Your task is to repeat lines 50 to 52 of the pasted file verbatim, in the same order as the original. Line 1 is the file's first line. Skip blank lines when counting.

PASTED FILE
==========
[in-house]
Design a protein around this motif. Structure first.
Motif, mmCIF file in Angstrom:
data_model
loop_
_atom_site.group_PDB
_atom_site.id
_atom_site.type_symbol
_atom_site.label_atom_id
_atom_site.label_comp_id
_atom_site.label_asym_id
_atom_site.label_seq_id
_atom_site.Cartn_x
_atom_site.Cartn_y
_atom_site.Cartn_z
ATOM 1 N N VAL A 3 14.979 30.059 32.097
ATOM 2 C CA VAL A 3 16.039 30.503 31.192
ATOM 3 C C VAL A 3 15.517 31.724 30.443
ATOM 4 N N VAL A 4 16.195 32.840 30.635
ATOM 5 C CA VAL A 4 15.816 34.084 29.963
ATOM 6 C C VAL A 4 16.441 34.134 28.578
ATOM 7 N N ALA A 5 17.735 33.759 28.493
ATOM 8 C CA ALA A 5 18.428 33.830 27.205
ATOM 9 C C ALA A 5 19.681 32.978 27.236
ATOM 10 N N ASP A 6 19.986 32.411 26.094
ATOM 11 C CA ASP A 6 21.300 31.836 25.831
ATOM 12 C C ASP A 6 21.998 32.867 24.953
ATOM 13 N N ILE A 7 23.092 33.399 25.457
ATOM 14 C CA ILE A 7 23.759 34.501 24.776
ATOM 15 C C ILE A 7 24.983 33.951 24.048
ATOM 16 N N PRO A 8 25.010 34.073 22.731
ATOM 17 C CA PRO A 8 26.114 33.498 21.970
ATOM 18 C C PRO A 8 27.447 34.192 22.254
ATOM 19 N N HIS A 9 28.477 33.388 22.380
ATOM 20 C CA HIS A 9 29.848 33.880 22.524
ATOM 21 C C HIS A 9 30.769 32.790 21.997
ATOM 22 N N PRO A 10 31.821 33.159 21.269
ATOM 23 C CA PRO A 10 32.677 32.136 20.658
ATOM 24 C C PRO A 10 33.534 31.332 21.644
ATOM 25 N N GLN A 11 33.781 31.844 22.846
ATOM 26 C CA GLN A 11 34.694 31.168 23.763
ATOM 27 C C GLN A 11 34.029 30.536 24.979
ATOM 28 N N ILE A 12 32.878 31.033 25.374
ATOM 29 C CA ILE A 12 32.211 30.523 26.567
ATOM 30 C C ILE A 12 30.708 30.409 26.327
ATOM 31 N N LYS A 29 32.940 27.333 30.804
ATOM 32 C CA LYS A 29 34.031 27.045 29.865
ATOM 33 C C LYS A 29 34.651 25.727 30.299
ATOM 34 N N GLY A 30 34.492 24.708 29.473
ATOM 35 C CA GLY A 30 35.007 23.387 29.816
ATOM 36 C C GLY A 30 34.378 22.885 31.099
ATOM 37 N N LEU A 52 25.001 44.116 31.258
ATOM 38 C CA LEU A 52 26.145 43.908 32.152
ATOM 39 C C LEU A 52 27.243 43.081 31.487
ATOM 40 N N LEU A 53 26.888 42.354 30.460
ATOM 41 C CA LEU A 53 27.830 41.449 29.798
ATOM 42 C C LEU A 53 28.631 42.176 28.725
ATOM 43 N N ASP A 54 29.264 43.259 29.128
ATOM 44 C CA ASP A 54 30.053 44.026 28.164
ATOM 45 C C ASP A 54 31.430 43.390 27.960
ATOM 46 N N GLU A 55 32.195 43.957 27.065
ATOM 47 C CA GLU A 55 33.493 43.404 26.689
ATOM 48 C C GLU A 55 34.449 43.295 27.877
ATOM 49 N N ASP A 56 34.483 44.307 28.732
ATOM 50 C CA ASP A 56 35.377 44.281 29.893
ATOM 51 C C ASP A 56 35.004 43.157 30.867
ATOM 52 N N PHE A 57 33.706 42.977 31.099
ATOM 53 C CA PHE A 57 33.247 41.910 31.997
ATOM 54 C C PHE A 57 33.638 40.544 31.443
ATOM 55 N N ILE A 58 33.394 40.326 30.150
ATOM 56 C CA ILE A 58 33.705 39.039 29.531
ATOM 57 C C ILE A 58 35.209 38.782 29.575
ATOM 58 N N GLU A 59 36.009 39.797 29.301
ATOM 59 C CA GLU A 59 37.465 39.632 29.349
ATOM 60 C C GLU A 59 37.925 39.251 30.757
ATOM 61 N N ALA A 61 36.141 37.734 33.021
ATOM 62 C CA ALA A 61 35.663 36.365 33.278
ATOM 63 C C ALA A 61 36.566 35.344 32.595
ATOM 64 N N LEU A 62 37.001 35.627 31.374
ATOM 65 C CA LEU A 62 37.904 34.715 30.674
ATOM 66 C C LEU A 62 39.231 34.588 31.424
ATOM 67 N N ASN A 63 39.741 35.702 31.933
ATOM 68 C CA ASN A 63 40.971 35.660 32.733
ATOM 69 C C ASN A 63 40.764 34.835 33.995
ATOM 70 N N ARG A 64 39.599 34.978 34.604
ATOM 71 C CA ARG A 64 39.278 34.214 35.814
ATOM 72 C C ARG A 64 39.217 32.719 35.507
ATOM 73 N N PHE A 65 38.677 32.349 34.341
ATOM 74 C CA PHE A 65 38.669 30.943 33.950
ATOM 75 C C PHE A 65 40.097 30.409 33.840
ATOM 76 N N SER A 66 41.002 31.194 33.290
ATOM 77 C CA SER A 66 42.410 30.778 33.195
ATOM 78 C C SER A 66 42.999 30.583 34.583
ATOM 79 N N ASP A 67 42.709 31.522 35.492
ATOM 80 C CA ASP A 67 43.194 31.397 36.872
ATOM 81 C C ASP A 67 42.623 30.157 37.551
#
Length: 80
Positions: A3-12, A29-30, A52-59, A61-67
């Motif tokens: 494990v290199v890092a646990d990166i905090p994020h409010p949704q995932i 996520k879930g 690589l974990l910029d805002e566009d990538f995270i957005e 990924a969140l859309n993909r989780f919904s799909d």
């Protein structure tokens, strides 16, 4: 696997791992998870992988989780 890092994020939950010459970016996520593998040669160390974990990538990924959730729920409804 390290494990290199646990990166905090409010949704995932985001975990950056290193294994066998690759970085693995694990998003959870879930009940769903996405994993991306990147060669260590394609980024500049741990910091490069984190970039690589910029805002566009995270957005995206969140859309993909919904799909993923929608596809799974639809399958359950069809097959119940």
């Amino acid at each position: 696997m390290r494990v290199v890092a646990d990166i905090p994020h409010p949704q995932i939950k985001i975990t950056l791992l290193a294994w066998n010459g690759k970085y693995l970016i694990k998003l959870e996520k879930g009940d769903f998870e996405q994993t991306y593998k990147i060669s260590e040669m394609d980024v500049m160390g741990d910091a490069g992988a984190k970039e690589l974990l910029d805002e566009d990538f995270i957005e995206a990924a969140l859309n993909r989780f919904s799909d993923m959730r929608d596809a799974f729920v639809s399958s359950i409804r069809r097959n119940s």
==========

ATOM 35 C CA GLY A 30 35.007 23.387 29.816
ATOM 36 C C GLY A 30 34.378 22.885 31.099
ATOM 37 N N LEU A 52 25.001 44.116 31.258